BMS Closes the Year with $14B Karuna Buy to Bolster Neuro Portfolio

Bristol Myers Squibb/iStock, JHVEPhoto

Pictured: A BMS building in California/iStock, JHVEPhoto

Bristol Myers Squibb and neuroscience-focused Karuna Therapeutics announced on Friday that they have entered into a definitive merger agreement with a total equity value of $14 billion.

Under the terms of the deal, BMS will buy all outstanding shares of Karuna’s common stock for $330 a pop in cash, a roughly 53.4% premium to the stock’s closing price on Thursday. The transaction, which the companies expect to close in the first half of 2024, will be worth a net of $12.7 billion in estimated cash acquired.

The boards of directors of both BMS and Karuna have unanimously signed off on the deal. However, its closing will still be subject to regulatory and antitrust clearance, among other customary conditions, as well as the approval of Karuna’s stockholders.

BMS CEO Christopher Boerner said in a statement that the acquisition of Karuna positions BMS to take advantage of the “tremendous opportunities in neuroscience” and “accelerates the expansion and diversification of our portfolio in the space.”

At the center of the merger is Karuna’s investigational muscarinic antipsychotic KarXT (xanomeline-trospium), which is being developed for schizophrenia and psychosis in Alzheimer’s disease. Late last month, the FDA accepted the New Drug Application for Karuna in schizophrenia and is set to release its verdict in September 2024.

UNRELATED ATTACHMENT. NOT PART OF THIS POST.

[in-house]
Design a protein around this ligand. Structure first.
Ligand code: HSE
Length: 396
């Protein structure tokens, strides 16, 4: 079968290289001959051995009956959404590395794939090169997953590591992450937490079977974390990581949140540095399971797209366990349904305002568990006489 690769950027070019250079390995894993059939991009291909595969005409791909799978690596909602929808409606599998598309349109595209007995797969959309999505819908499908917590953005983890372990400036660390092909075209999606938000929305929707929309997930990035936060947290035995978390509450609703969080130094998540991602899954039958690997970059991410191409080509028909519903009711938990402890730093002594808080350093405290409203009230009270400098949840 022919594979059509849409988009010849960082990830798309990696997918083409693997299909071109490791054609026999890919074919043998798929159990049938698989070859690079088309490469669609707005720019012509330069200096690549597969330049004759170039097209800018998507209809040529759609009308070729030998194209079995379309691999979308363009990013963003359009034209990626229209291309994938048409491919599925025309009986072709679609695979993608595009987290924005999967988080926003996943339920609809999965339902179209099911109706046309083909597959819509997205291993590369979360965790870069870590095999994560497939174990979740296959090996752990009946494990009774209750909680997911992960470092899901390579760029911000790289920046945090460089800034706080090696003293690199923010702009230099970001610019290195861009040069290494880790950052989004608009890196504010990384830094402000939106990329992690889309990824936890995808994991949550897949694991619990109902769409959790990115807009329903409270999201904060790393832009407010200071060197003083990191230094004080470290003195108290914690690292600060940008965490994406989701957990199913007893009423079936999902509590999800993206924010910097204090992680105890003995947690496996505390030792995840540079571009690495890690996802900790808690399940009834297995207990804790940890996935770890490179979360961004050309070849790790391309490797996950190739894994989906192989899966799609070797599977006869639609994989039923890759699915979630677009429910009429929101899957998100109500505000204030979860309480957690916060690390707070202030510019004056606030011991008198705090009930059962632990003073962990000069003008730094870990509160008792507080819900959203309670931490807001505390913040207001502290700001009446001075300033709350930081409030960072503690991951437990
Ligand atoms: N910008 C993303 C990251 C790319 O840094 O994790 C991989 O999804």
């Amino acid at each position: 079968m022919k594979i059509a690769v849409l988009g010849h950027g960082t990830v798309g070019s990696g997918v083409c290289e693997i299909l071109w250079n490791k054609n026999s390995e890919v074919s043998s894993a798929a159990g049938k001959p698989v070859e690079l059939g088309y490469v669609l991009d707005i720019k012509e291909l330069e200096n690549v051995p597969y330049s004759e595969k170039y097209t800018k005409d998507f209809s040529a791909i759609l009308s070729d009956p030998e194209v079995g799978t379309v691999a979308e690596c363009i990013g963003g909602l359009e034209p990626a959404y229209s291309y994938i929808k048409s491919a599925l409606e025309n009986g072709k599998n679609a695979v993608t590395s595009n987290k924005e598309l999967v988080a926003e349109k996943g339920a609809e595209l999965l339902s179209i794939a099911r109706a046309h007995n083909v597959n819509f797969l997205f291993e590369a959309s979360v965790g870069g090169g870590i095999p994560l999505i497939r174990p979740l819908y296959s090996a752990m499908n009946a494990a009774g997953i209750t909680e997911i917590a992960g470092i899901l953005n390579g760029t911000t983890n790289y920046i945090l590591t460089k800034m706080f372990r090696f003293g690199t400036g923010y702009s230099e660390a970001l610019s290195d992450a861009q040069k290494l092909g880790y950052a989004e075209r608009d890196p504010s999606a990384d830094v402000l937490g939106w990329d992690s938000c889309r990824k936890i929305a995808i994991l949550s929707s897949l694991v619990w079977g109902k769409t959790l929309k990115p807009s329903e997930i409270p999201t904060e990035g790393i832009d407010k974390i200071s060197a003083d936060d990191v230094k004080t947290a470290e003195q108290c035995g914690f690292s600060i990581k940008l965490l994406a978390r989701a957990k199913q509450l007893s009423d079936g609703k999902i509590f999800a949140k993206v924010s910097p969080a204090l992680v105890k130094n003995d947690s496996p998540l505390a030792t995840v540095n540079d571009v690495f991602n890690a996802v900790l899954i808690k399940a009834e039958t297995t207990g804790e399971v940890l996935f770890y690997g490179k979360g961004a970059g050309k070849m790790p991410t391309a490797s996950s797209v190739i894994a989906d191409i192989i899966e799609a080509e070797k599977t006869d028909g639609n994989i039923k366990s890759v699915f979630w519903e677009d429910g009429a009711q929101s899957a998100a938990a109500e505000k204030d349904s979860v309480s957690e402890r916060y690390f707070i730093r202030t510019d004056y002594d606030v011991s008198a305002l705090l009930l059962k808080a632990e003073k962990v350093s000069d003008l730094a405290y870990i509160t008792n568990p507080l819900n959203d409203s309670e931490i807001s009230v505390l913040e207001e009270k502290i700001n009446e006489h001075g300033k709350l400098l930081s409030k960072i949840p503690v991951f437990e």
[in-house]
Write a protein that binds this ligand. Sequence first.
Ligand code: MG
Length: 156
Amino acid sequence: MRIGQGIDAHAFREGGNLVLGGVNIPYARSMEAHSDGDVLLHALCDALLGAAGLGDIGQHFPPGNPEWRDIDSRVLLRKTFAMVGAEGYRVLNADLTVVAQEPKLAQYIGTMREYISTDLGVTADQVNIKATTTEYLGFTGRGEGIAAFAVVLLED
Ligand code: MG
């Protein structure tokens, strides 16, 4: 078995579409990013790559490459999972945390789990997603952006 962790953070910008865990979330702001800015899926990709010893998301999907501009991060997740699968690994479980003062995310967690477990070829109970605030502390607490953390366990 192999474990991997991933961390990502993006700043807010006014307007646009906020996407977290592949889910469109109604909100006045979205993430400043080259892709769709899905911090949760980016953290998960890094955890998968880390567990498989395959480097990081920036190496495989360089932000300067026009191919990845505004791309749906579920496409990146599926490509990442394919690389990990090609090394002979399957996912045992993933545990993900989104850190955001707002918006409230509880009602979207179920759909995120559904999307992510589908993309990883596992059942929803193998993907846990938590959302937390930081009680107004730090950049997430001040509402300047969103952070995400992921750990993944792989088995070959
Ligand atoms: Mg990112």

According to Friday’s announcement, KarXT is expected to launch in the U.S. in late 2024. The therapy will enter a market of approximately 1.6 million patients undergoing treatment for schizophrenia, many of whom do not respond to currently available medications or suffer from harsh side effects.

Unlike existing schizophrenia therapies, KarXT does not block dopamine receptors but instead activates both the M1 and M4 muscarinic acetylcholine receptors in the central nervous system. This mechanism of action helps improve the positive and negative symptoms of schizophrenia, as well as improve patients’ cognition.

If approved, KarXT would be the first new class of schizophrenia treatment in over five decades, Karuna founder and COO Andrew Miller told BioSpace in an April 2023 interview.

Beyond schizophrenia, Karuna is also developing KarXT for Alzheimer’s disease psychosis, for which it is currently running registrational clinical trials with readouts expected in 2026.

For BMS, Karuna is the latest development in its dealmaking spree in recent months. Last week, the pharma signed a potential $8.4 billion contract with SystImmune, giving it the right to co-develop and co-commercialize the investigational bispecific antibody-drug conjugate BL-B01D1, which is being tested for solid tumors, outside Mainland China.

A few weeks earlier, BMS expanded an existing collaboration with Avidity Biosciences, adding up to five more cardiovascular disease targets for $100 million upfront and potential cumulative payments of $2.3 billion.

Tristan Manalac is an independent science writer based in Metro Manila, Philippines. He can be reached at tristan@tristanmanalac.com or tristan.manalac@biospace.com.

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